Clarity. Certainty. Constancy = Coherence. Congruence. Resilience.

These are the arrows that we, men and women of all ages, must somehow craft and add to our quiver.

Next, we must render them immutable because we understand that we are not merely what our brain tells us we are – or what we aspire to become. We are much more than that.

Stand up - front up - confront

‘We are all born to stand out’, said 19-year-old Halima Aden, a stunning, radiant young woman who made it all the way to the semi-finals of the 2016 Miss Minnesota USA Pageant.

More than an achievement, fronting up to each of the many auditions and lead up events to such a pageant, particularly, perhaps, in Midwest America, wearing a hijab is a great act of courage.

Better than that, it is an act of conviction – an act of blind faith – and an act of defiance, too.

A badge of honor, a cultural symbol or a symbol of humble invisibility?

Wearing any visible badge, head covering- skullcaps and hats included - as an identifying brand in the name of any belief - as a symbol of ‘revolution’ - is a courageous thing.

But, in regards to the wearing of these items as a voluntary act of [religious] modesty, unless the wearers, regardless of age and gender, actively accept these coverings as cloaks of ‘invisibility’ donned willingly and purposefully, they are faced with a conflict of ideology.

‘The hijab,’ Halima explained, ‘is a symbol that we wear on our heads, but I want people to know that it is my choice. I’m doing it because I want to.’

She added, ‘I wanted people to see that you could still be really cute and modest at the same time.’

The thing is, women do not get that far ‘up the ladder’ of beauty pageants by dressing modestly, looking humble and diverting the limelight from the self, even as they wear a slinky burkini.

From a layperson whose mind meanders

The following very earnest questions aim beyond the court of public opinion which has always been harsher on women than on men.

While women of faith are concerned about showing how ‘modern and normal’ they are, how do those who ‘religiously’ cover their hair achieve more than athletes draped in their country’s flag at international sporting events?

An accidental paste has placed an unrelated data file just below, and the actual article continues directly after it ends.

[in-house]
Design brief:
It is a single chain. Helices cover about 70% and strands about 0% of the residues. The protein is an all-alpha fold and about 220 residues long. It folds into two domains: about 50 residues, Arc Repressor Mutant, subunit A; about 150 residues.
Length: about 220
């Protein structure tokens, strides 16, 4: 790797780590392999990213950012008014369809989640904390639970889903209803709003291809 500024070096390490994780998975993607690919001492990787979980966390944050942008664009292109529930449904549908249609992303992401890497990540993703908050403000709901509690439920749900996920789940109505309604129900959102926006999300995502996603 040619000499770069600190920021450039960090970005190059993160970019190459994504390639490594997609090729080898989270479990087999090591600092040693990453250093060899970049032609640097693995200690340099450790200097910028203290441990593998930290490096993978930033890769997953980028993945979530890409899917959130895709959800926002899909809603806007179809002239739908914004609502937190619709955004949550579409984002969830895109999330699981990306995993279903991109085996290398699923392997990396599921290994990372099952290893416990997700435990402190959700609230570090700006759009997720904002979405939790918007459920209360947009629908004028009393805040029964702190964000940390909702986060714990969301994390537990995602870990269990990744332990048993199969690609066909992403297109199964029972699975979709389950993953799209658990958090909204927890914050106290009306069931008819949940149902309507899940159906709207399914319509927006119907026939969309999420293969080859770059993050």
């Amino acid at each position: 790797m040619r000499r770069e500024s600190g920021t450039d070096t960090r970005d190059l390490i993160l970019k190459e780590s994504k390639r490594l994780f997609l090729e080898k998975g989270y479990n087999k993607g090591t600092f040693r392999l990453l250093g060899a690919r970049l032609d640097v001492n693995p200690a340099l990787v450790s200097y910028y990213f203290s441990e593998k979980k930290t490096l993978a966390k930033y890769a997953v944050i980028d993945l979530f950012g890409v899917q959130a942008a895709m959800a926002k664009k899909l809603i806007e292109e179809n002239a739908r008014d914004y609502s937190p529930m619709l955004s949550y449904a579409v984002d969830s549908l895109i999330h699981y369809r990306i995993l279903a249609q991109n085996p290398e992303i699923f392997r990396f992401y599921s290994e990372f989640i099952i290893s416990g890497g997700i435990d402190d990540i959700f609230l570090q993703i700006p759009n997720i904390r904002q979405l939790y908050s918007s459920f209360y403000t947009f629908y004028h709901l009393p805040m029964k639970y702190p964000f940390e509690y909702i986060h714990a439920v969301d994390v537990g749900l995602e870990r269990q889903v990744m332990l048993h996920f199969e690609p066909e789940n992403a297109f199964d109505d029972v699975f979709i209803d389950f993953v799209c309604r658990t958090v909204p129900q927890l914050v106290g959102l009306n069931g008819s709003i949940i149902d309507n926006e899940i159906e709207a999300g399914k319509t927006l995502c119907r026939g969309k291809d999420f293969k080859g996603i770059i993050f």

How does the mass of millennials wearing tight tops and equally tight-fitting jeans while a scarf covers their head reconcile moral clarity, certainty, and constancy with their principal intention to confirm that they are not oppressed by patriarchy?

How do [religious] women gain a higher degree of coherence while intent on confirming that, like every other person, they are free to dress fashionably, to be beautiful, i.e. to be sexually desirable?

How to ‘stand out’, as exquisite Halima said, in a way that is congruent and coherent with one’s inner core?

Regardless of the context, it is within this massive conundrum that lies one of the most active components of our human tragedy – one that, unfortunately, does not allow for compromises.

A validation or consolation

Beyond that, we remember that, regardless of age and gender, the reward for developing self-control through modesty/humility is an essential mitzvah/good deed/hasanah logged on our behalf.

‘Sweet!’ one might say wrily, ‘but what is in it for us in the short-term?’

Evil Eye?

New side-wandering mind meander is coming on as a consideration of what might be ‘in it’ for us.

Is there such a thing as the ‘evil eye’?

Again, the answer will vary according to one’s belief system, but it is said that ayin hara in Hebrew, the so-called evil eye, is triggered by the negative charge in a person’s gaze when it is loaded with envy, loathing or any other misguided thinking.

A poison by any other name is toxic

Poisonous moments that lead to anxiety, fear, insecurity, the encroaching a sense of being ‘less than’ that propels millions and millions of us, children, men and women of all ages towards depression, chronic ill-health and at-risk behaviours are increasingly prevalent in our culture.

Energetic ripples linked to being - or feeling - resented, negatively envied, discredited, insulted, mocked, ridiculed and the confusion and pain that ripple outward are indeed on par with the curse of ‘the evil eye’.

When it strikes

It always takes a lot more than a good luck amulet, a length of red or indigo wool tied around the wrist - or prayers - to keep us afloat.

Ask anyone who has ever been belittled or harassed in the home, playground, workplace, anywhere within their first circle of influence, in the streets, in venues or on social media.

What is good for the soul can only be nectar to our psyche, to our persona – to each one of us.

© 2018 Carole Claude Saint-Clair